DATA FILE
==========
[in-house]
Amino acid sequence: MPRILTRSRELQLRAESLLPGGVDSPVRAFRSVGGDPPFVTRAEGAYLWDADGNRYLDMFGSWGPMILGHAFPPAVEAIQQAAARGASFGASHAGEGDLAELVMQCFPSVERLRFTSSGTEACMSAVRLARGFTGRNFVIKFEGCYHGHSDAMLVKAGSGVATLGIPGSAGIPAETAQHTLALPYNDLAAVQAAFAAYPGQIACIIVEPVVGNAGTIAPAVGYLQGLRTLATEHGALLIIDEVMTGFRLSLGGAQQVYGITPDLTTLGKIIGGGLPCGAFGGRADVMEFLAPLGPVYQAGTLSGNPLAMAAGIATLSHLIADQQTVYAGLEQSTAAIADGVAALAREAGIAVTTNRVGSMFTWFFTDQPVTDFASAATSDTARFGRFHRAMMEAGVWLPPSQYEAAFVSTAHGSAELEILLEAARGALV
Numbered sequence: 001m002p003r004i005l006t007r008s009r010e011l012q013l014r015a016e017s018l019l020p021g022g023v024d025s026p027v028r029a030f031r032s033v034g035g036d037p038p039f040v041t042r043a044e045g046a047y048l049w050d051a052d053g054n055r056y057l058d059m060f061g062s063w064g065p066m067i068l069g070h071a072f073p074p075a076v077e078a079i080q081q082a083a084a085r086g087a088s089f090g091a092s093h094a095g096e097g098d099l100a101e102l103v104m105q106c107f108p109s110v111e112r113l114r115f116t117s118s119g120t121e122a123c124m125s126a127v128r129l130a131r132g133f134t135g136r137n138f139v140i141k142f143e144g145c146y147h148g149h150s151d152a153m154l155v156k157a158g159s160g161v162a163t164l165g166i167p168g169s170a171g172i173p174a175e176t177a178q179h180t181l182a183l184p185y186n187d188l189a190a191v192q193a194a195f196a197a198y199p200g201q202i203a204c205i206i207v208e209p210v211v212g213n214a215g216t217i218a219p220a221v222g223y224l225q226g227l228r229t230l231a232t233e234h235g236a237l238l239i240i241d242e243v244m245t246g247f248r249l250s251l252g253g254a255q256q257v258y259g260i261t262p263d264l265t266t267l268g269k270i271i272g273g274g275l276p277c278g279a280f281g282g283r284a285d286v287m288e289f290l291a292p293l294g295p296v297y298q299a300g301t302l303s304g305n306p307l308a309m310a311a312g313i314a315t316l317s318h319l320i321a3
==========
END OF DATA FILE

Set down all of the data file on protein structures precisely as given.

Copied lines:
[in-house]
Amino acid sequence: MPRILTRSRELQLRAESLLPGGVDSPVRAFRSVGGDPPFVTRAEGAYLWDADGNRYLDMFGSWGPMILGHAFPPAVEAIQQAAARGASFGASHAGEGDLAELVMQCFPSVERLRFTSSGTEACMSAVRLARGFTGRNFVIKFEGCYHGHSDAMLVKAGSGVATLGIPGSAGIPAETAQHTLALPYNDLAAVQAAFAAYPGQIACIIVEPVVGNAGTIAPAVGYLQGLRTLATEHGALLIIDEVMTGFRLSLGGAQQVYGITPDLTTLGKIIGGGLPCGAFGGRADVMEFLAPLGPVYQAGTLSGNPLAMAAGIATLSHLIADQQTVYAGLEQSTAAIADGVAALAREAGIAVTTNRVGSMFTWFFTDQPVTDFASAATSDTARFGRFHRAMMEAGVWLPPSQYEAAFVSTAHGSAELEILLEAARGALV
Numbered sequence: 001m002p003r004i005l006t007r008s009r010e011l012q013l014r015a016e017s018l019l020p021g022g023v024d025s026p027v028r029a030f031r032s033v034g035g036d037p038p039f040v041t042r043a044e045g046a047y048l049w050d051a052d053g054n055r056y057l058d059m060f061g062s063w064g065p066m067i068l069g070h071a072f073p074p075a076v077e078a079i080q081q082a083a084a085r086g087a088s089f090g091a092s093h094a095g096e097g098d099l100a101e102l103v104m105q106c107f108p109s110v111e112r113l114r115f116t117s118s119g120t121e122a123c124m125s126a127v128r129l130a131r132g133f134t135g136r137n138f139v140i141k142f143e144g145c146y147h148g149h150s151d152a153m154l155v156k157a158g159s160g161v162a163t164l165g166i167p168g169s170a171g172i173p174a175e176t177a178q179h180t181l182a183l184p185y186n187d188l189a190a191v192q193a194a195f196a197a198y199p200g201q202i203a204c205i206i207v208e209p210v211v212g213n214a215g216t217i218a219p220a221v222g223y224l225q226g227l228r229t230l231a232t233e234h235g236a237l238l239i240i241d242e243v244m245t246g247f248r249l250s251l252g253g254a255q256q257v258y259g260i261t262p263d264l265t266t267l268g269k270i271i272g273g274g275l276p277c278g279a280f281g282g283r284a285d286v287m288e289f290l291a292p293l294g295p296v297y298q299a300g301t302l303s304g305n306p307l308a309m310a311a312g313i314a315t316l317s318h319l320i321a3